Wednesday, August 27, 2014


Six Horses

Lately my travels have included a new and unusual term: tardy.  Of course, recent excursions have also included a series of new concepts: impetuousness, spontaneity, and broadening (as in my horizons), even more than my past adventures.  I have given up the luxuries of convenient motels and cozy beds and have experienced camping in its most basic form.  Admittedly, the tent in my back seat should provide adequate shelter for this new phase of my travels, but due in large part to my tardiness (and impetuousness, and spontaneity), I arrive at my campsite after twilight and discover the scenes to be too dark to pop my tent without making a disaster of my campsite or a nuisance to my adjoining overnight neighbors.  So by default, I have spent each night at my intended tent sites as the occupant of the folded-down seats of my SUV.  Delano, my affectionate mode of transportation, offers a hard surface, but a half dozen blankets, an air mattress, and a couple feather pillows make even a stormy night an exceptional, restful experience.

On one occasion, I reminded myself that time was of the essence in reaching my campsite to allow for adequate assembly of my tent.  Wavering between my driver’s-side window and my windshield, the sun swayed from front to side as the road twisted and curved and in the back of the car, the sack containing my tent begged at long last to gaze upward at the night sky.  Yet as I rounded a bend on County Road 585, I saw ahead on my starboard side five tall, brown horses galloping intently over the next rise.  Were they charging the length of the fence or towards the rails paralleling the road?  The angle of the road masked their true direction.  As soon as I topped the next hill, I saw the quintet stopped at the fence line, gazing longingly across the road to the corralled field on my right.  There a single gray horse sauntered towards the neighboring rail as if to tease the five stallions and greet their anxious impatience on the opposite side.  I wanted to pause for five or ten minutes to take photos, including a panoramic shot of the two contrasting scenes reminiscent of ladies’ night on the farm, but the clock was ticking, the tent was anxious, the campsite remained more than thirty miles away, and the sun was descending.  The equine meat market remained a memory.

For Sale

Pressing onward, a casual, yellow, hand-painted sign states simply, “Honey for Sale.”  I used the last of my supply only days before and how convenient that I would receive a shopping-list reminder late on a Sunday evening.  But at this hour, the vendor would have retreated for the night.  To my absolute delight, the marketplace remains open, yet unattended.  Making a u-turn, I double back to the wooden structure featuring a bevy of sweet selections.  Buckets and bottles and bears offer a range of sizes and samplings.  A box of free honey recipes adds a personal touch to the fare.  A single metal tin – a leftover from a holiday cookie exchange of many years ago based on its wear – sits simply on a shelf, waiting to be opened by a random passerby.  I try not to spill its contents and I discover nearly twenty dollars worth of previous purchases, and a notepad for a brief comment to the unknown merchant.  I deposit my five spot, scribe a note of appreciation, sign my name and the date, and snag a bottle of Devil’s Tower Honey.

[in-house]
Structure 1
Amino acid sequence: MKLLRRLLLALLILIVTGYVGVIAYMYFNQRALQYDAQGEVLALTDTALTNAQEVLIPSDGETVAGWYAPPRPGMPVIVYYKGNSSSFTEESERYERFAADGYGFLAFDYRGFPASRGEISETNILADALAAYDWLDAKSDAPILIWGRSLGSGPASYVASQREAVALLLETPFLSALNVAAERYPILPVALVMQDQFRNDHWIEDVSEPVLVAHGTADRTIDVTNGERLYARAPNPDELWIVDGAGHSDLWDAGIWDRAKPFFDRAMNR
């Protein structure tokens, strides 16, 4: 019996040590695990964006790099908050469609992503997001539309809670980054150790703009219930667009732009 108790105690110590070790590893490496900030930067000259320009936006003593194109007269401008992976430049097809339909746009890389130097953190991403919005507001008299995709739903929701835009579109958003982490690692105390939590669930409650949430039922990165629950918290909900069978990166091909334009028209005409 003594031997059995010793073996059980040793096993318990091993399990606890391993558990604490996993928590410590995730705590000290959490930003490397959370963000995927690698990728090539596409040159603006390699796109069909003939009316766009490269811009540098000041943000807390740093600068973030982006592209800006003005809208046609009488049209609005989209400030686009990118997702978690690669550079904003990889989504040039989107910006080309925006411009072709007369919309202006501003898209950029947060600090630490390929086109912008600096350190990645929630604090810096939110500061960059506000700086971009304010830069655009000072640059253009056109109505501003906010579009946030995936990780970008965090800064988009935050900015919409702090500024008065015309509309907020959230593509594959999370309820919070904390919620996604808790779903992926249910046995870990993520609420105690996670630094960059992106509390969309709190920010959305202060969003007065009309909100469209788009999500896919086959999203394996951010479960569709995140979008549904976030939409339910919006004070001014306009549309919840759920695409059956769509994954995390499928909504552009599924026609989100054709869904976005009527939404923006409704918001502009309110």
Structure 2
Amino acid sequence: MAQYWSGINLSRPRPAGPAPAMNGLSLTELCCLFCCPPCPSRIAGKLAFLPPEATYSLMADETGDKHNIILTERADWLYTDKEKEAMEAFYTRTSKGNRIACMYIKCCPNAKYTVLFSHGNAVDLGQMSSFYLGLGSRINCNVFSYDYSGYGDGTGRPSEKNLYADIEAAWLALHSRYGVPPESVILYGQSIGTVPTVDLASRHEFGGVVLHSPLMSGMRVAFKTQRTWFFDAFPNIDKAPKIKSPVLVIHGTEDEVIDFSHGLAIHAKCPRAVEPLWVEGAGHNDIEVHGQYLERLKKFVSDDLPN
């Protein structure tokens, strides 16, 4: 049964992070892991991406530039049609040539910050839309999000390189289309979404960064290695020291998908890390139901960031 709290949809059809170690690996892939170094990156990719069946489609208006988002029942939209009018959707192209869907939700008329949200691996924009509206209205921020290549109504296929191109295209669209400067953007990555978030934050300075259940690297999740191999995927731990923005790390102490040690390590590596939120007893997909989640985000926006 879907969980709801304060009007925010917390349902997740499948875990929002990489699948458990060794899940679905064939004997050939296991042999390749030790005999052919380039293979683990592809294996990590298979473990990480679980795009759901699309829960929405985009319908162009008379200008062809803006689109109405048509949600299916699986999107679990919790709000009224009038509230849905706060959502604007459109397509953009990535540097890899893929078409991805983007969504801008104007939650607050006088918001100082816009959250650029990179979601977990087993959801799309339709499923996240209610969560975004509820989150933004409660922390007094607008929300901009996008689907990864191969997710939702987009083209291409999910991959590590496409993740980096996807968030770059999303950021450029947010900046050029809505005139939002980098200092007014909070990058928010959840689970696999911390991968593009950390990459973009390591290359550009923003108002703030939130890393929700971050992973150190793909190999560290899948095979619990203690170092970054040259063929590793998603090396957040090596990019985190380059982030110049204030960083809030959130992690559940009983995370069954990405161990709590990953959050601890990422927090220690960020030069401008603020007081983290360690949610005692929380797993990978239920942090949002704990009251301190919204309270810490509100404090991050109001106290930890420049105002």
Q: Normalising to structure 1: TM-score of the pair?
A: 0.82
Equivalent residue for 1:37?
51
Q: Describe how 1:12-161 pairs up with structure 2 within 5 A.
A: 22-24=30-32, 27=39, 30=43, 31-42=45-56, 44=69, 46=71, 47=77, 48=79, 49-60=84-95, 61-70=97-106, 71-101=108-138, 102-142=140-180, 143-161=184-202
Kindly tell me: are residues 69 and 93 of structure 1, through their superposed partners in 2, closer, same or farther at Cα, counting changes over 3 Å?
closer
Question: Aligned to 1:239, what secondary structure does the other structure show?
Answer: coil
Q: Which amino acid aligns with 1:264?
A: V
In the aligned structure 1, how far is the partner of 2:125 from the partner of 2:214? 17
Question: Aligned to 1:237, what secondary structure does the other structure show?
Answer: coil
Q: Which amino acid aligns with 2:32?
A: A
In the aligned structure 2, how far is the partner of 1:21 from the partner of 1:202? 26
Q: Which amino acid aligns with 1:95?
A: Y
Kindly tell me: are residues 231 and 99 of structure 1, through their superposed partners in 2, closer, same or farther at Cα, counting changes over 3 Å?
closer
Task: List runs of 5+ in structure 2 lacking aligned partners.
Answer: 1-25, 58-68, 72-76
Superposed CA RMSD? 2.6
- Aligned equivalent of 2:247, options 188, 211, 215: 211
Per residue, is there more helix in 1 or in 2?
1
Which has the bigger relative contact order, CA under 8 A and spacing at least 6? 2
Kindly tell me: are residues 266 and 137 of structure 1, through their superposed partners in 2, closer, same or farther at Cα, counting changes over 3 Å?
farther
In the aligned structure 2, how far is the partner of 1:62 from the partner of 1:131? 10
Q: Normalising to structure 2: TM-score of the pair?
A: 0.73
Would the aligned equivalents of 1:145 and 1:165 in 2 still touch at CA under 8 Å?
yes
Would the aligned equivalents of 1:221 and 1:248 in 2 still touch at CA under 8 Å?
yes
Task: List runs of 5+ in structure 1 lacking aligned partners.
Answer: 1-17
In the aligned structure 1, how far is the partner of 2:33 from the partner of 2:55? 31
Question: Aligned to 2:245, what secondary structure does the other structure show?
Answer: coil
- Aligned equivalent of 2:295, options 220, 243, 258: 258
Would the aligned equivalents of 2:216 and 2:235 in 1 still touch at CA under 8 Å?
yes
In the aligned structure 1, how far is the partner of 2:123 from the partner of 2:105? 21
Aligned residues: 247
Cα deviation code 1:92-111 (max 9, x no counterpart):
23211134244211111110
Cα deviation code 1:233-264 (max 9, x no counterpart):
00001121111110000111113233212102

On small country roads, in the corners of Wyoming [or Maine, but that was a matter of firewood], a commodity sits safely curbside.  I am equally delighted by the presence of honey in this vast openness on its own rustic shelves and by the confidence, trust, and sincerity of the vendor.  On a swath of hilly road, a selection of merchandise, a small deposit of cash, and an offer for preparation tips of the treat greet a complete stranger like me.  Trust abounds.  Transactions occur.  The wind blows in the otherwise silent store.  A pound of Wyoming sweetness travels away from its home and in Delano’s possession.  Of all my souvenirs from this outing, a simple jar of honey may be my favorite.  My tent cringes as it realizes it will spend another night unassembled in its sack because the impetuous purchase of my sweet tooth, the spontaneity generated by a simple yellow sign, and my continued broadening of my horizon by taking the road less traveled all take precedence over the sun’s position in relationship to its own horizon.  As I finish my exchange with the wooden box, a van also succumbs to the sweetness and sincerity of selection.  We exchange salutations, and I know another jar of Devil’s Tower Honey will grace the table of a random traveler, and the pot of trust will grow.

Monday, August 18, 2014

A Little Bit of Something Is Better Than A Whole Lot of Nothing

Key Lime and Key Moments in Key West

Back in the day, when I held the moniker of “cool parent,” we jetted on New Year’s Day to Key West.  Admittedly, the flight from Orlando was a short jaunt – less than an hour – but as one of a handful of passengers, we enjoyed a vast selection of seats on the plane, and to save time, we placed our drink orders before we ever left the gate.  This may have been the easy way to the southernmost point in the US, but it reduced our travels by more than a full day and in a matter of minutes, we were in the tropical islands.  Before long we arrived at our bed and breakfast and cruised Duval Street with slices of key lime pie, key lime soda, key lime souvenirs, and key lime everything.